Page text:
Dear Mr. Gore,
I watched your film, An Inconvenient Truth. It was interesting, though I couldn’t tell if the movie was about global warming or about you. My wife said that the inclusion of your personal story was probably an attempt at connecting with Joe Publics like me. Frankly, I didn’t think we connected very much at all.
In truth, you and I do have some things in common. We’re both guys. We’re also both white. And we’re both married. In high school we both played on the varsity football team and threw for the track and field team. But that’s about where our similarities end.
You see, Mr. Gore, you are old, I am young. You are famous, I am not. You are rich, and, by governmental standards, I am poor. You have at least one car, I have none. You own at least one house with at least 20 rooms. I rent a two bedroom apartment. You probably have air-conditioning; we do not. You probably keep your hot water heater on all day and all night. To save money, we only turn ours on for up to two hours each day. If you do your own laundry, you probably dry your clothes in an ultra-efficient dryer. We can only afford to hang our clothes and dry them in the sun and wind.
The data you present in your film is convincing. I too think we have a burgeoning problem with the effects of global warming. I too believe we’re going to have to change a lot to avoid catastrophes. You made it sound like the governments of the world would bring about these necessary changes. What I find hard to believe is that an educated man such as yourself--who has seen government from its very insides--would still believe that the government can run as efficiently as a top-of-the-line energy-saving refrigerator. You know better than I do that it simply cannot happen.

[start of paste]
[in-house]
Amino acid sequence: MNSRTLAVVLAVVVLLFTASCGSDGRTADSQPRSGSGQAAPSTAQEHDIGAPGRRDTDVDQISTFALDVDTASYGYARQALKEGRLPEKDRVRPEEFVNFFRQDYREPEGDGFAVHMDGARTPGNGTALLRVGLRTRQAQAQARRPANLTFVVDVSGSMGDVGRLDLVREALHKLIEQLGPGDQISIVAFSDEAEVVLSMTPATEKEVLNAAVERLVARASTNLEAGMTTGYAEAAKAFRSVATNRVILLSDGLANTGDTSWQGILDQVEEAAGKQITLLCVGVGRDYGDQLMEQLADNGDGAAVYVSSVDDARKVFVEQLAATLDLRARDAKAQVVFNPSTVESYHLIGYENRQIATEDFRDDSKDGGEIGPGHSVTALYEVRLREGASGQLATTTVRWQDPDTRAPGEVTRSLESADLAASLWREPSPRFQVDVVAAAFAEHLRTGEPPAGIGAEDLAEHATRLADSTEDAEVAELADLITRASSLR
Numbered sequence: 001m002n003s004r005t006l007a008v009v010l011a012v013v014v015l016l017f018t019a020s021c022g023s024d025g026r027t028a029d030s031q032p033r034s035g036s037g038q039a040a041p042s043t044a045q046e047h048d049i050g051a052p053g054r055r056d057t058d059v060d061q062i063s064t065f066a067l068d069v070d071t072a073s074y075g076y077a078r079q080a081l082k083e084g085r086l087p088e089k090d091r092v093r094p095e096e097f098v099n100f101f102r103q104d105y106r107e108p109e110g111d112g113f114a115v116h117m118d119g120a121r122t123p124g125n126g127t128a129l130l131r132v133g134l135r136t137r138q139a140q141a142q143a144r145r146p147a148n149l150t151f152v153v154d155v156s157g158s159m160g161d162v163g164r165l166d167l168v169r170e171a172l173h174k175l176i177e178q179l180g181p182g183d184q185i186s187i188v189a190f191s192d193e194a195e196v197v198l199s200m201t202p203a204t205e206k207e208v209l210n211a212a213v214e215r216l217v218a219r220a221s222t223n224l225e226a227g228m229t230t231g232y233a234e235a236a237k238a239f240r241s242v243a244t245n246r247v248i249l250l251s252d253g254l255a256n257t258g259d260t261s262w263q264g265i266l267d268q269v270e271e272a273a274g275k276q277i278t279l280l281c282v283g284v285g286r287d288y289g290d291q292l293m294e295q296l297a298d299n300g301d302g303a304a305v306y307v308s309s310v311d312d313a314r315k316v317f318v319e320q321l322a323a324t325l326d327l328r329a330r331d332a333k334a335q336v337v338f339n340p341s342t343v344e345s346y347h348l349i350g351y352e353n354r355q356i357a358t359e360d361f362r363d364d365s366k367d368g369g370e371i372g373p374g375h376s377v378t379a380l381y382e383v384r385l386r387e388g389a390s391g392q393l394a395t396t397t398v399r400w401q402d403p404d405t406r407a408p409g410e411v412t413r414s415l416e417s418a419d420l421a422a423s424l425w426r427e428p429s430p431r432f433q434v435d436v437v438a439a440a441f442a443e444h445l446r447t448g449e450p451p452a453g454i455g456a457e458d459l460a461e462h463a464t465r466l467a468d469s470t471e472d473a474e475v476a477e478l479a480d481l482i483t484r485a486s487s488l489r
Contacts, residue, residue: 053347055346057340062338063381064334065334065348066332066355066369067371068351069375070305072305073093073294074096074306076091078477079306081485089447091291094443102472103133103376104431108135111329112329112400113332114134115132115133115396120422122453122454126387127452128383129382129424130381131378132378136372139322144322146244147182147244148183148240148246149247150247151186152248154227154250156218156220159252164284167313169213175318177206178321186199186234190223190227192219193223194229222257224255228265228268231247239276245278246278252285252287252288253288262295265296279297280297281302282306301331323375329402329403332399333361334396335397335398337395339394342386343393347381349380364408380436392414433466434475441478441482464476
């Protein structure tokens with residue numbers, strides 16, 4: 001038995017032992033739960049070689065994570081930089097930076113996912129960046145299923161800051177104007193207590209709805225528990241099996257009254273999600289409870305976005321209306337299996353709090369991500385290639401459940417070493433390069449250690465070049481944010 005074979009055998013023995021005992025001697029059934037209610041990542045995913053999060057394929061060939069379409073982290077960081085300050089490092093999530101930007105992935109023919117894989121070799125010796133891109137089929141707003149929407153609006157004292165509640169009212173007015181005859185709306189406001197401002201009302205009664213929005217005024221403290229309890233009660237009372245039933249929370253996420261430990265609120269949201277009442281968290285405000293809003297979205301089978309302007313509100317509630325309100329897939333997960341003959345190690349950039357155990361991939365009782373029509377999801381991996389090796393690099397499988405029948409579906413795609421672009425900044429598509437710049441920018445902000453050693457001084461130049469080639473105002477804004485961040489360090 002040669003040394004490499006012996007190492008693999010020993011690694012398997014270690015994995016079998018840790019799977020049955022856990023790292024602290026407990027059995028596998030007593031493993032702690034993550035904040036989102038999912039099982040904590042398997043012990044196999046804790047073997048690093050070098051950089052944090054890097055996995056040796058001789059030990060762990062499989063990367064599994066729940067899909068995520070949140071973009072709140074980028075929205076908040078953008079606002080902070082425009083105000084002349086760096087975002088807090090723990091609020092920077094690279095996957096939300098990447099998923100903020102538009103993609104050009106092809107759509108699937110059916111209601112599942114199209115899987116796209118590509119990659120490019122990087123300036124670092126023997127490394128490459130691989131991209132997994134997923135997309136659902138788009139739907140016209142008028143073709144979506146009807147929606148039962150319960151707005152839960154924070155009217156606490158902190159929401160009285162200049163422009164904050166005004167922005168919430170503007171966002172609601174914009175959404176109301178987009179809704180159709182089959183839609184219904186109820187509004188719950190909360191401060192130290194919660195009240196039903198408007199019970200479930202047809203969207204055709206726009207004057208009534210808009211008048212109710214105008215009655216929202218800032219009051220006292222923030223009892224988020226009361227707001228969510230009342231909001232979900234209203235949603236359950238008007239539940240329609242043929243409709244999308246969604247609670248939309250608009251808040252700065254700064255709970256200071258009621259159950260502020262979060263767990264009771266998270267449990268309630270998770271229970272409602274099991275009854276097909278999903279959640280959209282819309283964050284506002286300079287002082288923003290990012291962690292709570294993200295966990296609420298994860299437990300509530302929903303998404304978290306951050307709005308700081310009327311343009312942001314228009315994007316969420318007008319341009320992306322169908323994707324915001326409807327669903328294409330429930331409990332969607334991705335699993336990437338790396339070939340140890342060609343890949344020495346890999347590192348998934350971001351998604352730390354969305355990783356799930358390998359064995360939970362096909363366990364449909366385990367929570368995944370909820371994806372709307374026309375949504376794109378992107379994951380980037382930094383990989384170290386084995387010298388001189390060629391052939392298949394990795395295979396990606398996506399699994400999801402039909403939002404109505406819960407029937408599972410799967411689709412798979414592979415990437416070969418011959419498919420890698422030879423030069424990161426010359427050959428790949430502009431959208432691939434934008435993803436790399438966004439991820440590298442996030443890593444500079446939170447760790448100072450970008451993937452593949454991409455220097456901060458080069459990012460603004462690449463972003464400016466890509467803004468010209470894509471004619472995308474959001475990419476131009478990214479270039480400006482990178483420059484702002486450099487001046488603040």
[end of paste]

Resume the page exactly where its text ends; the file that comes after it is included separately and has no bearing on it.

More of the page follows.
Instead of increasing the size of an already bloated, sickly government, why not promote increased individual self-government? Why not preach a doctrine of personal sacrifice today for the welfare of our children tomorrow? I listened anxiously to hear you say in An Inconvenient Truth that we each needed to check personal greed, or curtail wasteful commercialism. I waited for you to say that we ought to use fewer resources and live simpler lives. Instead, you surprised me with a remarkable social gospel with the premise that we can have our cake and eat it too--that we can save the earth while living in the lap of luxury.
I guess what I’m trying to say is that I found it easy to swallow the gnat of global warming but strained to choke down the camel of your extravagant personal lifestyle. Regardless of whether you ever intended to, you have set yourself up as a messiah to the world. Why not try coming down and living at the level of your most humble potential disciples? Or would you find their way of life to be a very inconvenient truth?